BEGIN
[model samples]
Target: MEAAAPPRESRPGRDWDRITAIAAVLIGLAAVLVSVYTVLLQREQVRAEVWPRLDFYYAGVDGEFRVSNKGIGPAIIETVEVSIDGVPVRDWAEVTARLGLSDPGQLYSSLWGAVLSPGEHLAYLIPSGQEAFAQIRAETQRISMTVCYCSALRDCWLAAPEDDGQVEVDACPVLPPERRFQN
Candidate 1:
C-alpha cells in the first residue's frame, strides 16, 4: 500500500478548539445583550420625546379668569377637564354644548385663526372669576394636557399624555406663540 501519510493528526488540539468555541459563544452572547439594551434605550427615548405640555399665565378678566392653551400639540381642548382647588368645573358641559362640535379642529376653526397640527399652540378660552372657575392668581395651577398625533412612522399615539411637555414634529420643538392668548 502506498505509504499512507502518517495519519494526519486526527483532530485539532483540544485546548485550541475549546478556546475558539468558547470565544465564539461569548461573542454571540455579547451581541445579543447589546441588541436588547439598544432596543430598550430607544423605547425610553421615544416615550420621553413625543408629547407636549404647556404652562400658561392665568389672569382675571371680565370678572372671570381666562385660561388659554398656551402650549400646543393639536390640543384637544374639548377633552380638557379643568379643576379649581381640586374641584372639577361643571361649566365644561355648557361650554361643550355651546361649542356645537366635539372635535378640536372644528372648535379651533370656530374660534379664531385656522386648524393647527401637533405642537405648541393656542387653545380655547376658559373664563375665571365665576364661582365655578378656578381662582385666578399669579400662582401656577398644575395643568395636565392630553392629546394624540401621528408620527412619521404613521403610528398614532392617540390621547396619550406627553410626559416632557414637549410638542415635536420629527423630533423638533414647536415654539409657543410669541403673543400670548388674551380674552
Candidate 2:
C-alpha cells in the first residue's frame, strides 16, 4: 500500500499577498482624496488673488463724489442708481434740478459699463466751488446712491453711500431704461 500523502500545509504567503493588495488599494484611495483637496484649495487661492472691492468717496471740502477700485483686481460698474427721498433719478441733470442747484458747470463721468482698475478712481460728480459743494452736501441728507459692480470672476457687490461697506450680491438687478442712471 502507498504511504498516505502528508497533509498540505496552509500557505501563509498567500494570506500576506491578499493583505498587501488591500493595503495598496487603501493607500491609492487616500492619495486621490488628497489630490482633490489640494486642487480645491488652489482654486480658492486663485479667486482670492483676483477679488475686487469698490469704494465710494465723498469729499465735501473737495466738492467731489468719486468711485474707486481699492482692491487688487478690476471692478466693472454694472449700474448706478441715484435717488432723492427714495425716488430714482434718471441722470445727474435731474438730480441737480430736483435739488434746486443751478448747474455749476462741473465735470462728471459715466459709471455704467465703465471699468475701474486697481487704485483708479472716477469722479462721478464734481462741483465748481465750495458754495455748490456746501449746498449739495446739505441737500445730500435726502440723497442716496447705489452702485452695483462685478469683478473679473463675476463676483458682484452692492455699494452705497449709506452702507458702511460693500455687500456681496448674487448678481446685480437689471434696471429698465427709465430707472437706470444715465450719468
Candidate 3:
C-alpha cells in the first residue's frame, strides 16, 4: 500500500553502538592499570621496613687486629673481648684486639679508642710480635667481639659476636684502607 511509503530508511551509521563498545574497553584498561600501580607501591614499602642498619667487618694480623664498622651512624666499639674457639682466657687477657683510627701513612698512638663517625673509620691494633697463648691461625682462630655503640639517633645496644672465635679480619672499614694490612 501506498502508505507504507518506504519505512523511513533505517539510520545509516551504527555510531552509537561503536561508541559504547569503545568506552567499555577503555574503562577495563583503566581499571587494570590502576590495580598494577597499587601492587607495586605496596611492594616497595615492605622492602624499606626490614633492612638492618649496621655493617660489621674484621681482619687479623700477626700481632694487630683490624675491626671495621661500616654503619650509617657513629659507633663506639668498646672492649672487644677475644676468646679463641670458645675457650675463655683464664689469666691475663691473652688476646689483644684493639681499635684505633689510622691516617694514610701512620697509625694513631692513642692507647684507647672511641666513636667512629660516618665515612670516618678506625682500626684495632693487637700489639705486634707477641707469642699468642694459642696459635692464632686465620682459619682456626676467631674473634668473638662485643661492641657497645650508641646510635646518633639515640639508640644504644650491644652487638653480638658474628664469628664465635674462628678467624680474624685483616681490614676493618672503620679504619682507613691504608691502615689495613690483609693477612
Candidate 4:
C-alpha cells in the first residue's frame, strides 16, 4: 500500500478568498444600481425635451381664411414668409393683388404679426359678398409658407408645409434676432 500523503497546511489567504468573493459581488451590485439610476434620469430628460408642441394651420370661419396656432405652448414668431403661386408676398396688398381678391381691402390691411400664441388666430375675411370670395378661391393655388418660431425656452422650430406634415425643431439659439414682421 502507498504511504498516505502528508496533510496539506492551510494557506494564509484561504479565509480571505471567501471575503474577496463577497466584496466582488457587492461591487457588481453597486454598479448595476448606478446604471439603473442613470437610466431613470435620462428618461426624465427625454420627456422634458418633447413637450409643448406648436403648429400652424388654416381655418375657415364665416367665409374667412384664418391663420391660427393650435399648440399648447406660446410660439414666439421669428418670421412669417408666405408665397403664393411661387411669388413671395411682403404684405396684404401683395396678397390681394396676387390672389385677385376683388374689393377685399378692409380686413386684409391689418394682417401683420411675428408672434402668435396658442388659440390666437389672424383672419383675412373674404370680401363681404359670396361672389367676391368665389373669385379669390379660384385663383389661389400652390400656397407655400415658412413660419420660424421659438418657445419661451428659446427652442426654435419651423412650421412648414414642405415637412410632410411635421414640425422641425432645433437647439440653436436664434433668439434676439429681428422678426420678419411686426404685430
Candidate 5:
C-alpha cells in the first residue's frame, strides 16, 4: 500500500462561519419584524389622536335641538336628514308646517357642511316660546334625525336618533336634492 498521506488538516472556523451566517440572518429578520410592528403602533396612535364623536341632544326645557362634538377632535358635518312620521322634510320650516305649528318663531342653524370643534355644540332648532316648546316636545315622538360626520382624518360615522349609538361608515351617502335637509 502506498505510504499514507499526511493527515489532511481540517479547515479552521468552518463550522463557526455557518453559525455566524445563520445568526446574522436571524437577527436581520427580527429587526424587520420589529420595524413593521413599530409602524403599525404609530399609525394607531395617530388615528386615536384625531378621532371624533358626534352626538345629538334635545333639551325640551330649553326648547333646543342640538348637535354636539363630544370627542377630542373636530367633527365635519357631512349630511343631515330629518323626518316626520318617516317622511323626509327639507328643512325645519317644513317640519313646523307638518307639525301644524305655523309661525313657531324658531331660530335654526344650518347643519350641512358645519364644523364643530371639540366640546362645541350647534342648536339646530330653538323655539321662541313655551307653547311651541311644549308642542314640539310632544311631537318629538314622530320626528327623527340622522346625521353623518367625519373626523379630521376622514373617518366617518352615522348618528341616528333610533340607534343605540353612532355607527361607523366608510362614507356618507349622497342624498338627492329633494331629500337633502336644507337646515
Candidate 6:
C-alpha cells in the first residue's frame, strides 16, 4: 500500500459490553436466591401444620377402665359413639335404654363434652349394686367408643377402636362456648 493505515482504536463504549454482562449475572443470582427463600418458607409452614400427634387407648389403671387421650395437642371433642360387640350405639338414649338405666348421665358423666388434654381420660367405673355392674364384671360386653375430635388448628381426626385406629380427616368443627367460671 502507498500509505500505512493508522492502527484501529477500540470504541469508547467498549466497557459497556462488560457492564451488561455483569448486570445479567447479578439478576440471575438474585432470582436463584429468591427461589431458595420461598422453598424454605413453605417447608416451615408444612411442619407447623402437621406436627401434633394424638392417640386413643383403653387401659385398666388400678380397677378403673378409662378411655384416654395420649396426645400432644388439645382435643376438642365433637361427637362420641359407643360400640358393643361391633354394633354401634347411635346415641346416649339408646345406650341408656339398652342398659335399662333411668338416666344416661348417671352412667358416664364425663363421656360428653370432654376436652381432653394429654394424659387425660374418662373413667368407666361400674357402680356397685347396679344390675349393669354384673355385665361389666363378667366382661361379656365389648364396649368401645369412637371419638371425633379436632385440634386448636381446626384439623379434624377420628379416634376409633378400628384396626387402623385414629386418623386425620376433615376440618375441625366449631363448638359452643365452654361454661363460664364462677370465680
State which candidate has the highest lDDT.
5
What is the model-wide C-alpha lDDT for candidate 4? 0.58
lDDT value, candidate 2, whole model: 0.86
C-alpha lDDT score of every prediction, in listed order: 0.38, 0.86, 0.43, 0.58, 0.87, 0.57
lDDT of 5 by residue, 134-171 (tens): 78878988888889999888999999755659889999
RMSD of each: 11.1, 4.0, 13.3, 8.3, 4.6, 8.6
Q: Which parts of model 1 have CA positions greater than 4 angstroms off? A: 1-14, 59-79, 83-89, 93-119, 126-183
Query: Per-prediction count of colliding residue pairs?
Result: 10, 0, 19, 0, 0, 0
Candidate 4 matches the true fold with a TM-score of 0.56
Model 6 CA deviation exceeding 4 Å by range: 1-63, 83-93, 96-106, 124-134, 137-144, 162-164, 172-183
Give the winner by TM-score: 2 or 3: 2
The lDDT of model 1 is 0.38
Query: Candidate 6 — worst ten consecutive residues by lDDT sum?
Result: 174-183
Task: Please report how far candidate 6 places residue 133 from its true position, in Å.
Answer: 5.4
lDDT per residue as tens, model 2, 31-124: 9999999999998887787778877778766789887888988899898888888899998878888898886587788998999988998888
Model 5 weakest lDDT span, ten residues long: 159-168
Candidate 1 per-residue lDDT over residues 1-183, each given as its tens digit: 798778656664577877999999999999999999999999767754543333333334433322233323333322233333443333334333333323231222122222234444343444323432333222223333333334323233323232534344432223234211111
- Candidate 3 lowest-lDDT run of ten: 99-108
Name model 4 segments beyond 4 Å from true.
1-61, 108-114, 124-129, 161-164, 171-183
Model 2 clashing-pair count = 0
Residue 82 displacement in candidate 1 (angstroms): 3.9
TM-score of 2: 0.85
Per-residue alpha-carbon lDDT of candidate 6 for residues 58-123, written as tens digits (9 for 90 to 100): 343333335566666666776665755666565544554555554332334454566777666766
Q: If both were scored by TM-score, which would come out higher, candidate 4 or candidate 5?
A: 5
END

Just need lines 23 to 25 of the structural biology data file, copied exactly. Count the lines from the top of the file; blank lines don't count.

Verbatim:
Query: Per-prediction count of colliding residue pairs?
Result: 10, 0, 19, 0, 0, 0
Candidate 4 matches the true fold with a TM-score of 0.56